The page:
Can the gut-brain axis help researchers understand the link between microbiome changes and chronic pain?
02/11/2020 // Cassie B. // Views

The gut microbiome has been an area of increasing interest to researchers recently, and a new study has pointed to a potentially important link to chronic pain.

In the study, which was published in the journal Pain, researchers looked at patients suffering from fibromyalgia. People with this condition experience chronic pain along with fatigue and cognitive impairment. It’s not well understood by scientists, and it does not have a known cure. However, researchers believe that fibromyalgia heightens painful sensations by altering how your brain processes pain signals.

The researchers compared 77 patients with fibromyalgia with 79 who don’t have the illness. In some cases, they compared the fibromyalgia patients to healthy control subjects who lived in the same household, with some being the parents, siblings or offspring of the participants. They compared samples of urine, stool, blood and saliva, and they found a previously unnoticed correlation between the level of a person’s intensity of symptoms and the number of bacteria that were either present or absent within their gut.

They found that fibromyalgia sufferers had similar gut microbiome compositions, particularly in terms of the abundance or absence of 19 bacterial species, when compared to people who don’t have the illness. For example, populations of butyrate metabolism-related bacteria such as Bacteroides uniformis and Faecalibacterium prausnitzii were significantly lower in fibromyalgia patients.

The researchers used various techniques to confirm that these changes were not related to other factors that can affect the microbiome, such as medication, age, physical activity and diet. They were then able to use machine learning to diagnose people with fibromyalgia based solely on their microbiome composition with 87 percent accuracy, highlighting a potential new way to diagnose people with the illness.


They added that some of the abundant bacteria in fibromyalgia patients have features in common with those seen in patients with chronic fatigue syndrome, interstitial cystitis, and irritable bowel syndrome.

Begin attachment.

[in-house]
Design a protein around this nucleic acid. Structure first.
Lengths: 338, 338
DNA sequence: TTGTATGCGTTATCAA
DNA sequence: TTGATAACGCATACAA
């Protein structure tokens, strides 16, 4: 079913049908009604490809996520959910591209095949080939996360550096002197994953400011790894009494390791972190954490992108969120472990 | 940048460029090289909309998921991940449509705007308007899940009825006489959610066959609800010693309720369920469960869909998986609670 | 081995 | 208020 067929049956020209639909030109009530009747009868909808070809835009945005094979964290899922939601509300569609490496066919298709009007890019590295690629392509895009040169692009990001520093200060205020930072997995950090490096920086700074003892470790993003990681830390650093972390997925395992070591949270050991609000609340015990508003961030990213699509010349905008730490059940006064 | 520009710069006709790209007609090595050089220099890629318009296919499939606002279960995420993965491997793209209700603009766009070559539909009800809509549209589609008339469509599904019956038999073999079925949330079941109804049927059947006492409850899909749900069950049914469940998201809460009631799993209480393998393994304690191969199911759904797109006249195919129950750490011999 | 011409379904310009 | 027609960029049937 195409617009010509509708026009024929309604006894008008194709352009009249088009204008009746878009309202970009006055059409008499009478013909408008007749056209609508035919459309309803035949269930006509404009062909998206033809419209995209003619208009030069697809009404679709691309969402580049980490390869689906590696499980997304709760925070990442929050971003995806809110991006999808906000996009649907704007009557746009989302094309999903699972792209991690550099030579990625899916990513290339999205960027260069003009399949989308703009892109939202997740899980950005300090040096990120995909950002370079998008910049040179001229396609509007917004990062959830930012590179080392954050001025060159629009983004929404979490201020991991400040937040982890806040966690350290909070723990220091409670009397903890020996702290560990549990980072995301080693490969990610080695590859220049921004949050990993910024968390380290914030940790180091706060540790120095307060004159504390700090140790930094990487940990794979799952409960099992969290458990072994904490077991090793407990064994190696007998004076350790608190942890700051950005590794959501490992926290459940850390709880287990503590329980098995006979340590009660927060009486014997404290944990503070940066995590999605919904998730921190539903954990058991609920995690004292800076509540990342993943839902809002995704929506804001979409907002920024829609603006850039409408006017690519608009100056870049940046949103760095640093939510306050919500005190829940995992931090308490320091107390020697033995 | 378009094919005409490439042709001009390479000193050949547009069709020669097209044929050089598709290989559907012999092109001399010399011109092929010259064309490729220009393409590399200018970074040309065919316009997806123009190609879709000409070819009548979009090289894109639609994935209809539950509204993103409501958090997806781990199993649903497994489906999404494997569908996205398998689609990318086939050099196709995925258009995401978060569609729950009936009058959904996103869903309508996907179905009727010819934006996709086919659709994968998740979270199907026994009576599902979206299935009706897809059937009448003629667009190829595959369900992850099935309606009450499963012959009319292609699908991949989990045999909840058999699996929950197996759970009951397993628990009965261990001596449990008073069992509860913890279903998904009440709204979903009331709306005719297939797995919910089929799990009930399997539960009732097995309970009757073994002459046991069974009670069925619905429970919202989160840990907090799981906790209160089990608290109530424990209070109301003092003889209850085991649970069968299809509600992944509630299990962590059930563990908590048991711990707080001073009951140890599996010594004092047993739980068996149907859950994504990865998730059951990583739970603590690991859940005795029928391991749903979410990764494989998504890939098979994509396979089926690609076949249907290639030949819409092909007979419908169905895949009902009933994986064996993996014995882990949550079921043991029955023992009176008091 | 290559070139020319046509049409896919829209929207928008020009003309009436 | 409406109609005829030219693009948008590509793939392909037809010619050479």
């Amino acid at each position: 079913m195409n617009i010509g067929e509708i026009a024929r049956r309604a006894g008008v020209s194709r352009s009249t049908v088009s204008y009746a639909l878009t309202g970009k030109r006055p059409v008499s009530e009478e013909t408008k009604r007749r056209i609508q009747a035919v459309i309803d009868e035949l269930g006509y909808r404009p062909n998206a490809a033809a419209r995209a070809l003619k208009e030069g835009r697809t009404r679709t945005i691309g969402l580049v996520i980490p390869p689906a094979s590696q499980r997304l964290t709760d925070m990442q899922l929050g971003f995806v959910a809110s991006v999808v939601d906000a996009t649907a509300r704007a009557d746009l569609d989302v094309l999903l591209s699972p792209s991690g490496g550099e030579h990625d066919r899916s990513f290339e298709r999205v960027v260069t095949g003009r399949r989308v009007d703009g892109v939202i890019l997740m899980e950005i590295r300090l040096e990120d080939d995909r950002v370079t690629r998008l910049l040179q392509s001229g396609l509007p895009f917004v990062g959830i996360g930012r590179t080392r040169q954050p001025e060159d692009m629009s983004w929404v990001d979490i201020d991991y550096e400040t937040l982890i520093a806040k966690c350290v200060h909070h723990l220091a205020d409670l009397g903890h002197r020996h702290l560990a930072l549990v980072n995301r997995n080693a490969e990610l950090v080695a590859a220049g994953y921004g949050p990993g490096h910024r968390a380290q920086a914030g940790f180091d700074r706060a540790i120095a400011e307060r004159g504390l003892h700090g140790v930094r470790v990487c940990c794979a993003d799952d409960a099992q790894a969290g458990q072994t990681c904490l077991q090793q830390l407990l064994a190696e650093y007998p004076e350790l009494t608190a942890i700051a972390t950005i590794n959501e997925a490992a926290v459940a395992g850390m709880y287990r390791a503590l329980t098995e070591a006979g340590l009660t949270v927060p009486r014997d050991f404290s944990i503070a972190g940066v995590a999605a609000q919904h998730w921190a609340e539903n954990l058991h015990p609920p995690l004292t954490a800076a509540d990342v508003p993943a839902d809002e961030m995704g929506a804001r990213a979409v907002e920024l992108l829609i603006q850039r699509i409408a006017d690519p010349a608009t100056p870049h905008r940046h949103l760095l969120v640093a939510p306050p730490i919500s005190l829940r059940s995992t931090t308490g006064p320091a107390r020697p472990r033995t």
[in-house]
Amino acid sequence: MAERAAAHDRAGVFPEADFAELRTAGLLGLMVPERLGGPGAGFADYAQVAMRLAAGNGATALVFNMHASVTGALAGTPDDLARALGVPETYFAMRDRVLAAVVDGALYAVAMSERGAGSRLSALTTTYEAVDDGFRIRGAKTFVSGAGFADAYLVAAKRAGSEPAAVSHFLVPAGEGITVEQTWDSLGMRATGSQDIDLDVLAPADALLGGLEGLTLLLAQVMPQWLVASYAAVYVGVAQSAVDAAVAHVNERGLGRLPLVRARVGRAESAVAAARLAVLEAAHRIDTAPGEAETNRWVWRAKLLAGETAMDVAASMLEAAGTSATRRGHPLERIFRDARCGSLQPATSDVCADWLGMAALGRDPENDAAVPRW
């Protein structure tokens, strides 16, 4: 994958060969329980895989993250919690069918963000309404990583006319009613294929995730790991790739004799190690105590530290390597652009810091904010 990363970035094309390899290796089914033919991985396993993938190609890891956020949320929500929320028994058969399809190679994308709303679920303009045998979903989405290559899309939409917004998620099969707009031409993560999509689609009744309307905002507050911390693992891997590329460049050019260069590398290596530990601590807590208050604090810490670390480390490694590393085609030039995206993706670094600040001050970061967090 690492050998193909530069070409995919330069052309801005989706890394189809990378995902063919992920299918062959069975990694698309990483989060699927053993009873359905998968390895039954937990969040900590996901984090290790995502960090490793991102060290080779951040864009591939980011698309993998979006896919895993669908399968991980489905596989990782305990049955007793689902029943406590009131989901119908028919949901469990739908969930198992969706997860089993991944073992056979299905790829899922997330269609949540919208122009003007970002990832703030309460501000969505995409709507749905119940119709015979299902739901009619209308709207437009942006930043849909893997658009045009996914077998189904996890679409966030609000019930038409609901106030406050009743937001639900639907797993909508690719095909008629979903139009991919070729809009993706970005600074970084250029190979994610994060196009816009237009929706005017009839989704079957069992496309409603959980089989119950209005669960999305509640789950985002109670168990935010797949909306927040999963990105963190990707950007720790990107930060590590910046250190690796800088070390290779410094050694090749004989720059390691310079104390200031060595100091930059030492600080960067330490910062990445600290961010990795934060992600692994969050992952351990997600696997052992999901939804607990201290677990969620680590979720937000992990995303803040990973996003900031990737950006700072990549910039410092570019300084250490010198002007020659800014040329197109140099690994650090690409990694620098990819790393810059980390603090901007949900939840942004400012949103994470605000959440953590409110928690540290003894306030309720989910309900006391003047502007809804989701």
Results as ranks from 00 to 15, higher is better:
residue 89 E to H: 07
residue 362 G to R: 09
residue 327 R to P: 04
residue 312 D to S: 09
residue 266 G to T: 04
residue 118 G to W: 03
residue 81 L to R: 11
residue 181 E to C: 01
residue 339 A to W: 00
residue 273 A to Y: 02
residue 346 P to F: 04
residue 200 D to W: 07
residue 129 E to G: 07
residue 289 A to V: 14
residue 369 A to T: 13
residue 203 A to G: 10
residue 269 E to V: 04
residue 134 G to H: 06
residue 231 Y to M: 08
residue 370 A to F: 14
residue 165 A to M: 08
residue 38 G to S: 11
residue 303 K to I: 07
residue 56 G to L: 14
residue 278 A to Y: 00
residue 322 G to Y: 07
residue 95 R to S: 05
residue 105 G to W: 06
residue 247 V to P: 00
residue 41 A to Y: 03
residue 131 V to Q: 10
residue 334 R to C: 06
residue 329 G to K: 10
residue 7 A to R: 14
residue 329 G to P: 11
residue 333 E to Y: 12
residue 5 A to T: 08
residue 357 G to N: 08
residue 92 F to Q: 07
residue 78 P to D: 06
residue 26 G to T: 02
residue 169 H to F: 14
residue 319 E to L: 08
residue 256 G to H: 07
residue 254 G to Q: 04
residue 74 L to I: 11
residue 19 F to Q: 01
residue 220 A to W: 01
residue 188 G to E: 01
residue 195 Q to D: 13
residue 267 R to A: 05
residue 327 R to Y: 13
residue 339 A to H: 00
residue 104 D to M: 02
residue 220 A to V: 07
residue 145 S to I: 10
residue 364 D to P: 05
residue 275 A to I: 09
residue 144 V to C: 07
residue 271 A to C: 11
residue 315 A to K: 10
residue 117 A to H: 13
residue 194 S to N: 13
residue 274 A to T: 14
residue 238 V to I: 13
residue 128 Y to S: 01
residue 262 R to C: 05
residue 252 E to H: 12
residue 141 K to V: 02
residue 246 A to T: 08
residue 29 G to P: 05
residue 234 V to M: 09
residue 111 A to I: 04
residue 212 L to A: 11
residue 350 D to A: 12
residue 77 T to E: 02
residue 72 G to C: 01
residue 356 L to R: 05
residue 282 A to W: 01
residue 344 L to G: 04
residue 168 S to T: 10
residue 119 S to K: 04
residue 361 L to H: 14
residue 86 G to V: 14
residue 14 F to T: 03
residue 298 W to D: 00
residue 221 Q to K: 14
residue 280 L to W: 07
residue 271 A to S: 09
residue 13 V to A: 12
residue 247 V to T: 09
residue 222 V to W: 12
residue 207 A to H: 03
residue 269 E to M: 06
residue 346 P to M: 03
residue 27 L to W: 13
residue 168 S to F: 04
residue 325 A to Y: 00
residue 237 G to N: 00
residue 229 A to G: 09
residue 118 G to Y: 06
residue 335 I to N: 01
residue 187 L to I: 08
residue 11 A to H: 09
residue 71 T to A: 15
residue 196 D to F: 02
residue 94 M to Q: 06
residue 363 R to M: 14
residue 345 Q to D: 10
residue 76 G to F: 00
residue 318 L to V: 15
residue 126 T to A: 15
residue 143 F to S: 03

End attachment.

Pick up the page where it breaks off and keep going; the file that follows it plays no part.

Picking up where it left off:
Further research is needed to determine whether these gut bacteria changes are characteristics of the disease or if they actually play a role in its development. However, if gut bacteria are indeed a marker of the disease, it could lead to earlier diagnosis and better outcomes for sufferers. It is currently quite difficult to diagnose fibromyalgia due to the similarity of its symptoms to those of other diseases.

According to the CDC, around a fifth of American adults are living with chronic pain, which can contribute to other physical and mental health issues, and findings like these could help a significant number of people.

Vitamin D may help fibromyalgia patients

While scientists continue to seek new insight into the illness and work on an effective way to address it, sufferers may be able to take the edge off fibromyalgia with help from vitamin D. Austrian scientists carried out a study involving 30 women with a clinical diagnosis of the illness who were also deficient in vitamin D. All of the women had experienced the symptoms of the illness, such as pain, fatigue and depression.

They were divided into groups, one of which was given a vitamin D supplement while the other was given a placebo. After 25 weeks, those who took vitamin D supplements noted greater energy, lower pain, and less inflammation than the placebo group; those in the placebo group did not note any changes in pain or other symptoms. When the study ended, the women who had been taking vitamin D supplements reported seeing their pain levels rise after stopping the supplements, underscoring the utility of the vitamin in alleviating symptoms.

While there are still a lot of unknowns surrounding fibromyalgia, this study could make a big difference in how the disease is diagnosed and treated moving forward.

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